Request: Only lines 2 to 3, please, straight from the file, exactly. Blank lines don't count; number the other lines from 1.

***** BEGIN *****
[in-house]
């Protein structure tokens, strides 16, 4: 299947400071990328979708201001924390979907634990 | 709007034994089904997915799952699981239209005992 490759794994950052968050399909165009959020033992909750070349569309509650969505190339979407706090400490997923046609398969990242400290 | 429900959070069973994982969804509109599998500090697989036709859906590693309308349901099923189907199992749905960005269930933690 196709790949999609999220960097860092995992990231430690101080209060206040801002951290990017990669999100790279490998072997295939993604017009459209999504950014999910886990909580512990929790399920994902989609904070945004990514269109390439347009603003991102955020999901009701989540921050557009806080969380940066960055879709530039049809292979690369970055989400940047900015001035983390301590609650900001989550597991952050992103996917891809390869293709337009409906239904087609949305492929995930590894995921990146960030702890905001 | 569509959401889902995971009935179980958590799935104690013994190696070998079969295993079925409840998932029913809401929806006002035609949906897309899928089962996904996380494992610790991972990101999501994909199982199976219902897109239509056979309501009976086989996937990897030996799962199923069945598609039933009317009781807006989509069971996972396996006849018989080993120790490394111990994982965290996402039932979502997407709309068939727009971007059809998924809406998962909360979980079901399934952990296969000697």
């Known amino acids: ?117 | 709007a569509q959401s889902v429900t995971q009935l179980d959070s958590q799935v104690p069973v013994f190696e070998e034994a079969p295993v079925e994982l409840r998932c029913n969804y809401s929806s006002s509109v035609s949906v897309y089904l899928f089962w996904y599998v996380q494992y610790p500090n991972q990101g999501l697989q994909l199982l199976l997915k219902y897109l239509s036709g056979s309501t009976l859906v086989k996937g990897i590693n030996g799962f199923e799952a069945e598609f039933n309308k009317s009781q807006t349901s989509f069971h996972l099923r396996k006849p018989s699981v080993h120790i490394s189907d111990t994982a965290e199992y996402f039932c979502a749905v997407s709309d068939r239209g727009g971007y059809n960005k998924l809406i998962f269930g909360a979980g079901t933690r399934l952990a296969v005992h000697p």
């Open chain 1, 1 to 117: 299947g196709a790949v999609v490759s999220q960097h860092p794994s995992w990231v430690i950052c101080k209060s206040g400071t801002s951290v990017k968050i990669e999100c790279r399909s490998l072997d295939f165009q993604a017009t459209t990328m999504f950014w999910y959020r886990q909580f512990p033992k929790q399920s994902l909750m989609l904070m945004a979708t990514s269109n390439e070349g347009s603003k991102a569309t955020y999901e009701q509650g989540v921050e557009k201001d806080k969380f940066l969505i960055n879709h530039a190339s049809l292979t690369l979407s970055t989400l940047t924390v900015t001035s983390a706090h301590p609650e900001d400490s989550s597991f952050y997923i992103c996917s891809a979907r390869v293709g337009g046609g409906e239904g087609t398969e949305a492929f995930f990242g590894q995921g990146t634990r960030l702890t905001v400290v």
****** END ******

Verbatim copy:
């Protein structure tokens, strides 16, 4: 299947400071990328979708201001924390979907634990 | 709007034994089904997915799952699981239209005992 490759794994950052968050399909165009959020033992909750070349569309509650969505190339979407706090400490997923046609398969990242400290 | 429900959070069973994982969804509109599998500090697989036709859906590693309308349901099923189907199992749905960005269930933690 196709790949999609999220960097860092995992990231430690101080209060206040801002951290990017990669999100790279490998072997295939993604017009459209999504950014999910886990909580512990929790399920994902989609904070945004990514269109390439347009603003991102955020999901009701989540921050557009806080969380940066960055879709530039049809292979690369970055989400940047900015001035983390301590609650900001989550597991952050992103996917891809390869293709337009409906239904087609949305492929995930590894995921990146960030702890905001 | 569509959401889902995971009935179980958590799935104690013994190696070998079969295993079925409840998932029913809401929806006002035609949906897309899928089962996904996380494992610790991972990101999501994909199982199976219902897109239509056979309501009976086989996937990897030996799962199923069945598609039933009317009781807006989509069971996972396996006849018989080993120790490394111990994982965290996402039932979502997407709309068939727009971007059809998924809406998962909360979980079901399934952990296969000697």
């Known amino acids: ?117 | 709007a569509q959401s889902v429900t995971q009935l179980d959070s958590q799935v104690p069973v013994f190696e070998e034994a079969p295993v079925e994982l409840r998932c029913n969804y809401s929806s006002s509109v035609s949906v897309y089904l899928f089962w996904y599998v996380q494992y610790p500090n991972q990101g999501l697989q994909l199982l199976l997915k219902y897109l239509s036709g056979s309501t009976l859906v086989k996937g990897i590693n030996g799962f199923e799952a069945e598609f039933n309308k009317s009781q807006t349901s989509f069971h996972l099923r396996k006849p018989s699981v080993h120790i490394s189907d111990t994982a965290e199992y996402f039932c979502a749905v997407s709309d068939r239209g727009g971007y059809n960005k998924l809406i998962f269930g909360a979980g079901t933690r399934l952990a296969v005992h000697p």